17. Get training and support for people when they are given a job. Don’t just tell them they have a job to do and assume they have the skills and knowledge to do it. Create an atmosphere where people are comfortable saying what they can/ can’t do.
  18. Have a plan B. Never have one person having the keys to the kingdom. I’ve seen too often disgruntled members taking off with passwords or denying access to social media/website logins etc.
  19. Have a sense of humour. Enjoy what you are doing. This may become your only social life so have fun when you are doing it. If you are not enjoying it anymore stop. Netflix has some great shows now.
  20. Value the contribution of everyone in the organization no matter how small the job they do. The person who loves selling raffle tickets is a vital asset to your cause.
  21. GIVE BACK. If you hold regular fundraisers where you are constantly asking from your community, then hold something where you give back to the community. It doesn’t have to cost a fortune but celebrate your successes and reward your volunteers. The tiniest of acknowledgements go along away and ensure sustainability and longevity in an organisation.

“This time next year Rodney” #10 #cong18

Synopsis:

Living with someone with Entrepreneurial tendencies is not easy. People who find it easy to come up with ideas sometimes take this for granted. Having a lot of ideas helps one to plan for the future and solve problems.
Delboy while always having the next big idea sometimes manages to nail it.

4 Key Takeaways:

  1. Embrace your ability to be creative
  2. Ideas don’t travel alone, you win some , you lose some
  3. Putting ideas out into the world is not always easy
  4. Sometimes Delboy wins

About Ailish Irvine:

A Freelance workshop facilitator, with good knowledge of Social Enterprise and Entrepreneurship supports. Wife and mother of 3, likes a good laugh with kind people. Loves travelling and is a long suffering Mayo GAA fan.

Contacting Ailish Irvine:

You can follow Ailish on Twitter, LinkedIn and her website.

By Ailish Irvine.

I often start sentences with “I just thought of a great idea” and hear a huge groan from my long-suffering husband. You see it’s Ok being the kind of person who comes up with ideas. It’s not great being the partner of one. They have to endure Dragon’s Den type pitches over the kitchen table. They sometimes have the cheek to interject with logical, rational arguments as to why your idea may not pay off the mortgage. They have to break the news to you and they have to rain on your parade.
You see sometimes I’m like Del Boy. His enthusiasm for the next big thing is infectious.

I always thought that this ability to come up with ideas was the worst affliction that a girl could have. I sometimes tried to stop the ideas from coming as with them they brought ridiculous things like hope, dreams and positivity. That can’t be good for the soul, can it?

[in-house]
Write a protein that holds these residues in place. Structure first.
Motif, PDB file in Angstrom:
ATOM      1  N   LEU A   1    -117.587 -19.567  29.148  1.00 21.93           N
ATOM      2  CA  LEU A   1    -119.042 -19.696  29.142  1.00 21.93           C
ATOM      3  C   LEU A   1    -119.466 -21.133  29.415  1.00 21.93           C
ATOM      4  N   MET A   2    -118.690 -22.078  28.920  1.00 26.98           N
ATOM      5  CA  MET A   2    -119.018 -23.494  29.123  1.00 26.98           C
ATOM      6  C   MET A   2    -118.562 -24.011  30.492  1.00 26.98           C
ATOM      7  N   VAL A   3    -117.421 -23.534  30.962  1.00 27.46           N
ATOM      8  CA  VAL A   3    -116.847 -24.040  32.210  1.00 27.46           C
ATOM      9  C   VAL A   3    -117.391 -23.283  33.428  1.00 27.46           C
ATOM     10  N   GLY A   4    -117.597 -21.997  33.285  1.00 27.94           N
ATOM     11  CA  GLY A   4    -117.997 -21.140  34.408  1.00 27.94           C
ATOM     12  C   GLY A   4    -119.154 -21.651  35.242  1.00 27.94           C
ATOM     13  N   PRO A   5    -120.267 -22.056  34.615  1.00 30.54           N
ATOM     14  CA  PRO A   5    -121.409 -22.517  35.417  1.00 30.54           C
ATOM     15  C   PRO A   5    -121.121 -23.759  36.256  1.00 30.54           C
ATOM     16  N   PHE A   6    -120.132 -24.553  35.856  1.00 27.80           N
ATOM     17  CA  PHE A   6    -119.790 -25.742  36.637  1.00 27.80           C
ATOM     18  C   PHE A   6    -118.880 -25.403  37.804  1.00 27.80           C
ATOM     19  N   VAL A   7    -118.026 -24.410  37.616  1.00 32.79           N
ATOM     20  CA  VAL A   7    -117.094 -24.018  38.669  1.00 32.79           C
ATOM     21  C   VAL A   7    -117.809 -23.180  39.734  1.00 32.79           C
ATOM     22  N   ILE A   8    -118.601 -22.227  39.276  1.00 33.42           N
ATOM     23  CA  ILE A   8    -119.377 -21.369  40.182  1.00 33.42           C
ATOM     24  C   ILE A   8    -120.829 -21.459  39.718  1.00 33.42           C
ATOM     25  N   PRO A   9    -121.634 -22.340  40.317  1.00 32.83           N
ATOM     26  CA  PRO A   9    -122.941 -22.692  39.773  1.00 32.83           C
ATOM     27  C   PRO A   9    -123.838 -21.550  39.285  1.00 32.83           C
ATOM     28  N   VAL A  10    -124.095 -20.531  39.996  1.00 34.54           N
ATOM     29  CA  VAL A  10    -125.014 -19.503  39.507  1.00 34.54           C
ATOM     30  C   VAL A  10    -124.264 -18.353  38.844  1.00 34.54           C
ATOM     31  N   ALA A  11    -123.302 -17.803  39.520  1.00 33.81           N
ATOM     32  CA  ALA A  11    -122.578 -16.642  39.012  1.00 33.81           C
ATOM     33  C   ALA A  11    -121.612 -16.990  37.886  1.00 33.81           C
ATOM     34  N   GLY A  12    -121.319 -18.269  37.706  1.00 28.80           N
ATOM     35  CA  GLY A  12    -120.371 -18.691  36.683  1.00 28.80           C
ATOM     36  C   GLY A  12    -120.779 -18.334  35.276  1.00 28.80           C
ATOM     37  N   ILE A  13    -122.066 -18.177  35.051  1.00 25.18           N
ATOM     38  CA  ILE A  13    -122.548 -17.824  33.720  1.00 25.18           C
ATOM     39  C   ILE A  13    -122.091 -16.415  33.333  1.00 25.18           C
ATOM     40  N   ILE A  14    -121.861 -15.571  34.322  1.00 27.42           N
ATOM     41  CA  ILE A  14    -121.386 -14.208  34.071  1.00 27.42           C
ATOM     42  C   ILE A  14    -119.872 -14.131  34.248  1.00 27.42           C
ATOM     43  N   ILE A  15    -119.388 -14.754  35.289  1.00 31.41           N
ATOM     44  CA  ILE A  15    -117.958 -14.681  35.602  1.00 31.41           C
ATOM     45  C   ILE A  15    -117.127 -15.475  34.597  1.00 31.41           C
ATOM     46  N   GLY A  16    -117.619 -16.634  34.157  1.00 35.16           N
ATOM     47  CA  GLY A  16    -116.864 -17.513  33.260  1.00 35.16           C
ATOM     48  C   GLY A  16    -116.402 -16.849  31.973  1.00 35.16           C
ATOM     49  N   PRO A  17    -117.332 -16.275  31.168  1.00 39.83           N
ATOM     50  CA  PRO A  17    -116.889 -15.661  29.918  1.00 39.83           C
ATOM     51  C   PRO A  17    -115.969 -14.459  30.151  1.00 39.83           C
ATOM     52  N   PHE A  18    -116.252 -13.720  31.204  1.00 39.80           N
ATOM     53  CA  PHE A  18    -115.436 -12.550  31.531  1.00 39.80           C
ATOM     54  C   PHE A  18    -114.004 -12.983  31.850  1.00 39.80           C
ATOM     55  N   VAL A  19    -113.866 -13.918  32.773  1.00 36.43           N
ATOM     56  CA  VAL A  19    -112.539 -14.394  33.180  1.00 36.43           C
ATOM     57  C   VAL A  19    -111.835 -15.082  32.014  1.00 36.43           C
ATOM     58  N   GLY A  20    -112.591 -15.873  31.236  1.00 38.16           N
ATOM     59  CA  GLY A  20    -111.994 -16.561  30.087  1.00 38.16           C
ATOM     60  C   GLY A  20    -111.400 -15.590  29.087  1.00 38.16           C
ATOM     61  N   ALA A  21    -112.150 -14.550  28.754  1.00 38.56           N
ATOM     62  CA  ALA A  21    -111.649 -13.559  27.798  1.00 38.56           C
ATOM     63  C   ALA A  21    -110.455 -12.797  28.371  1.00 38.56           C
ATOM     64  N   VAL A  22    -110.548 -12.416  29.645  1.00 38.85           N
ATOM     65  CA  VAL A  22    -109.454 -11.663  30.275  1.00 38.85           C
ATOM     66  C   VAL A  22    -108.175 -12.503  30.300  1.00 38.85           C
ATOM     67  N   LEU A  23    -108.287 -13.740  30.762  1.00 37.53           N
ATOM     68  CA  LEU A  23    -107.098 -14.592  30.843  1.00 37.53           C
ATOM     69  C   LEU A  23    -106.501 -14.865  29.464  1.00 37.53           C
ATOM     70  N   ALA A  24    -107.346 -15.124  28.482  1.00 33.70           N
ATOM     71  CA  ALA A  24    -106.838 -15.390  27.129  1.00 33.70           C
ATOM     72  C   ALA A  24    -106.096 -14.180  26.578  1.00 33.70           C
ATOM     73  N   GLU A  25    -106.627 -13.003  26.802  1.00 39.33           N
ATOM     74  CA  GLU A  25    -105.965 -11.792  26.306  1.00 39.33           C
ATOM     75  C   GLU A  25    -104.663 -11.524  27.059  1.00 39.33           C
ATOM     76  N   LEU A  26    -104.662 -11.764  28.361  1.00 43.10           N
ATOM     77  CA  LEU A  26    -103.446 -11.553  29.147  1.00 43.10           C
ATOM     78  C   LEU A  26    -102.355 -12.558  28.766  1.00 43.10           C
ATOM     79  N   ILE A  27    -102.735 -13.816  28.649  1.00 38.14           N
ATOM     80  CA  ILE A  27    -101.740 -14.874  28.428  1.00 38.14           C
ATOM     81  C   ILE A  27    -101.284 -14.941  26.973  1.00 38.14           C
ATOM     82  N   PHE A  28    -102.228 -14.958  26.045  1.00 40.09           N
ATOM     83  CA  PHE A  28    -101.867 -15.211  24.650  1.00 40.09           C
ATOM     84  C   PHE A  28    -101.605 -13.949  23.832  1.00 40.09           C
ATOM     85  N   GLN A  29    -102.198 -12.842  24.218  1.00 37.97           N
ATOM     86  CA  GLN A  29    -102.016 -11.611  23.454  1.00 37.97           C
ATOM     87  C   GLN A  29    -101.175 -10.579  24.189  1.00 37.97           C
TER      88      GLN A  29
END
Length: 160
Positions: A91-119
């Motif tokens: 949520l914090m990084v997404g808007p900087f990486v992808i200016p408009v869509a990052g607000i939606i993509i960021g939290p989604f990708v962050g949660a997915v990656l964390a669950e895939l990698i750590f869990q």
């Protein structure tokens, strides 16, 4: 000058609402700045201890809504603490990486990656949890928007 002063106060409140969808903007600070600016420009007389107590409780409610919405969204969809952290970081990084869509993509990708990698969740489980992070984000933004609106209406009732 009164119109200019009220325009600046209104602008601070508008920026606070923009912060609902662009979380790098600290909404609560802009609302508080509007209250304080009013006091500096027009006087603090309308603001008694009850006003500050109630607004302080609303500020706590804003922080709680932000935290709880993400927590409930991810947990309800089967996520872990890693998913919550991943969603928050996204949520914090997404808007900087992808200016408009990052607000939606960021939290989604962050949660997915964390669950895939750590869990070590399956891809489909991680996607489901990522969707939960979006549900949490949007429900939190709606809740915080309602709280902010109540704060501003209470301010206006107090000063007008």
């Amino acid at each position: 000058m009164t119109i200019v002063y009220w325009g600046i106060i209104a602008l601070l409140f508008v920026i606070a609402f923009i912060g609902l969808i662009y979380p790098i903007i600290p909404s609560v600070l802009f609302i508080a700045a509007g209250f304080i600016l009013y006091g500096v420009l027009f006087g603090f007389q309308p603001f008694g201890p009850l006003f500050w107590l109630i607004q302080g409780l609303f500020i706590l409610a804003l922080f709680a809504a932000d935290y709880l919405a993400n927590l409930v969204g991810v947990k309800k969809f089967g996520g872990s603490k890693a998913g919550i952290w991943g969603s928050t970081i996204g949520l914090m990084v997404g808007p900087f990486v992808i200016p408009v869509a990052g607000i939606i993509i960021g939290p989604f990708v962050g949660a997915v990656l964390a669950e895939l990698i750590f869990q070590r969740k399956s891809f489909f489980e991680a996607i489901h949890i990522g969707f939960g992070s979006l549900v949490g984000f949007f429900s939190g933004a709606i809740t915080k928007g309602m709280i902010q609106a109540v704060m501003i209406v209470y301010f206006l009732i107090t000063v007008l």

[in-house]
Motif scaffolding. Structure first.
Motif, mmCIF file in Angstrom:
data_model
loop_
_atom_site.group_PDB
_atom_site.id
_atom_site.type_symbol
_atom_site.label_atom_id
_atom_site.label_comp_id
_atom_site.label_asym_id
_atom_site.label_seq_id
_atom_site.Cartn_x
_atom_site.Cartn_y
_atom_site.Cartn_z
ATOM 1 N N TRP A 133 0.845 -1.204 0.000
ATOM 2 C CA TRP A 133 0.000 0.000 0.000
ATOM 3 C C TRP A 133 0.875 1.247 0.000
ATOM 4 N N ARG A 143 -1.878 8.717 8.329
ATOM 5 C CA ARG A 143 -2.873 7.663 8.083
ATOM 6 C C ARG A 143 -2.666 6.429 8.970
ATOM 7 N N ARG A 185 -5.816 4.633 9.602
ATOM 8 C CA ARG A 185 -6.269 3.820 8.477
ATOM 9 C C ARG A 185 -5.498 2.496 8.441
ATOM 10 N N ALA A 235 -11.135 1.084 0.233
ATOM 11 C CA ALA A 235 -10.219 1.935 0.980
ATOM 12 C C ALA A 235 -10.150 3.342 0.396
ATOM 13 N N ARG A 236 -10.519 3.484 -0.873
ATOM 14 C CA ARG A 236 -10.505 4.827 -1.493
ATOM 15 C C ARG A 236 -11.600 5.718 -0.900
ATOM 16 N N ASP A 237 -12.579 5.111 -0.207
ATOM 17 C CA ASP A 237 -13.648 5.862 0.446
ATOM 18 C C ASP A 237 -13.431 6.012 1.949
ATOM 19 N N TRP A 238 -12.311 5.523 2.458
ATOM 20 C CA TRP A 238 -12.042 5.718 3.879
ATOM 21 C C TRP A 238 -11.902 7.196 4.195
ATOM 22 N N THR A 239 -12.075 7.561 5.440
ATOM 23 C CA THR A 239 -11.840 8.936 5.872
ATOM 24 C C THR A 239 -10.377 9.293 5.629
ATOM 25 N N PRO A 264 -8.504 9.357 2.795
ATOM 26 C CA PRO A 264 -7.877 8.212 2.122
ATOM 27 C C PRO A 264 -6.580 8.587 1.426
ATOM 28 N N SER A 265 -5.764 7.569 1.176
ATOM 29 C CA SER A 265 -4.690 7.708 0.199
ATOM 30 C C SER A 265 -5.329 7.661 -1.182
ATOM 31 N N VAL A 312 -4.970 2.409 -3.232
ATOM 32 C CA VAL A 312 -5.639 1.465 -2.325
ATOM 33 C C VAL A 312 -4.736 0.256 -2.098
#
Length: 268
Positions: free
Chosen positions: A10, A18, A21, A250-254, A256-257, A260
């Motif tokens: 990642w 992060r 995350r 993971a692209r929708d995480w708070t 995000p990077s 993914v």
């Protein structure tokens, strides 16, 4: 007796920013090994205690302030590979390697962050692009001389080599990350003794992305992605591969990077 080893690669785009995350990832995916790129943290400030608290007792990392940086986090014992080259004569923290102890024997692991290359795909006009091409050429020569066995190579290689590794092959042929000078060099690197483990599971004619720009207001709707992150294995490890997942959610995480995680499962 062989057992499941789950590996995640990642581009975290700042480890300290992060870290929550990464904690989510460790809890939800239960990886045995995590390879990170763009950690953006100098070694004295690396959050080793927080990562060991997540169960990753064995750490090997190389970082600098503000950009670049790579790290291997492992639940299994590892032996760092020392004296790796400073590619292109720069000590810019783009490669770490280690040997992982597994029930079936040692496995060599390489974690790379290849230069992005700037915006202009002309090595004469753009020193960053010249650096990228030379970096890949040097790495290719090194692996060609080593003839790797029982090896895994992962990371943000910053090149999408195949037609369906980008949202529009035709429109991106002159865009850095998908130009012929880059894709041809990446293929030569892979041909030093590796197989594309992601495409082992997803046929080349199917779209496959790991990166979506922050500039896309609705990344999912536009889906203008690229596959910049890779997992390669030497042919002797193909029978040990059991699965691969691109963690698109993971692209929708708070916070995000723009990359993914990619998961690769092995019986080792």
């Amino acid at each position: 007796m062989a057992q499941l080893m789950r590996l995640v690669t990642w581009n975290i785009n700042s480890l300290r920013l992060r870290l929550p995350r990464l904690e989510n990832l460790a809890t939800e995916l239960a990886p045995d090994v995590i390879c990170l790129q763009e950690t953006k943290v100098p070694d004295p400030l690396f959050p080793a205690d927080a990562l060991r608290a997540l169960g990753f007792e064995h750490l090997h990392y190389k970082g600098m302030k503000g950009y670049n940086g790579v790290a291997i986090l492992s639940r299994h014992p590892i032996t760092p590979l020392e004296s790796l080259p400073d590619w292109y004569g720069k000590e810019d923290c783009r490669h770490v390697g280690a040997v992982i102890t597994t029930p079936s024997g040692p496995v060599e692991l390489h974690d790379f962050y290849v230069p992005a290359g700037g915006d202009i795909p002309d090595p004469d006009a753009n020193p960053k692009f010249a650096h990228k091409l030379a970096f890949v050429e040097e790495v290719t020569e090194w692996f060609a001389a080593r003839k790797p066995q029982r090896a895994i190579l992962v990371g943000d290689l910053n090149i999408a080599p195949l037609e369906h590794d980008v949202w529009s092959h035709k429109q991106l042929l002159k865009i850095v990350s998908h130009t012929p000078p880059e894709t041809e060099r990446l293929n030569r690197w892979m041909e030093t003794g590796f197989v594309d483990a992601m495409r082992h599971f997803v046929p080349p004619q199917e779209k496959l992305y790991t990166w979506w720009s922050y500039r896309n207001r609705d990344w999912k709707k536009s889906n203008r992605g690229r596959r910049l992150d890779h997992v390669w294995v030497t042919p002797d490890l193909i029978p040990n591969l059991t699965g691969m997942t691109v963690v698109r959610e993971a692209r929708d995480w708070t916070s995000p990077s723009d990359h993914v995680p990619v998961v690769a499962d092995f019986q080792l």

I remember sitting round our sitting room in college telling a group of friends about some of my ideas. I didn’t even know back then that that I had the condition, I didn’t know that I was suffering from a small case of entrepreneurial spirit. Twenty-five years later and the ideas haven’t stopped, sometimes they appear in the middle of the night as I’m about to go to sleep. I awake in the morning to know that they escaped off into the unknown, because I didn’t treat them with the respect they deserved. I didn’t write them down when they appeared at will. I took them for granted.
I teach adults and I like to write. Having the ability to think off the top of your head when people ask you crazy questions is an undervalued attribute.  Convincing them that your response was a considered and knowledgeable one is also an ability unavailable on Linked in’s list of must have skills. It is important though most of all to encourage those with ideas
I know that I’m good at connecting ideas. Who knew that was a skill? I listen to people and I value their ideas. When I meet someone, else who feels the same way, I find a way of matching their ideas and connecting them up.
I love listening to other people’s ideas. The years and the 250 failed Dragon’s Den pitches across the kitchen table have taught me how to go gently with a person’s ideas. The many failures have taught me what not to do. They haven’t killed the spirit, but they have given me wisdom. They have allowed me to spot possible glitches or bugs and they help me to help others.
An idea does not travel alone, they travel in packs. The daft ones, the great ones, the life changing ones, the solutions, the unrealistic ones. You need to welcome them to stay en masse and then you need to know which ones to evict. Know that those who dream, don’t always have only good ideas, the few rogue ones slip in occasionally and you need to give employees the freedom to have them all.
It’s important to have ideas, it’s also important to know that they are not always good ones. It’s important to be around people who care and encourage you. If you have been  affected by any of themes here you need to head in the direction of Congregation. you may meet other sufferers and they may make you feel normal.
Remember Delboy does get his day.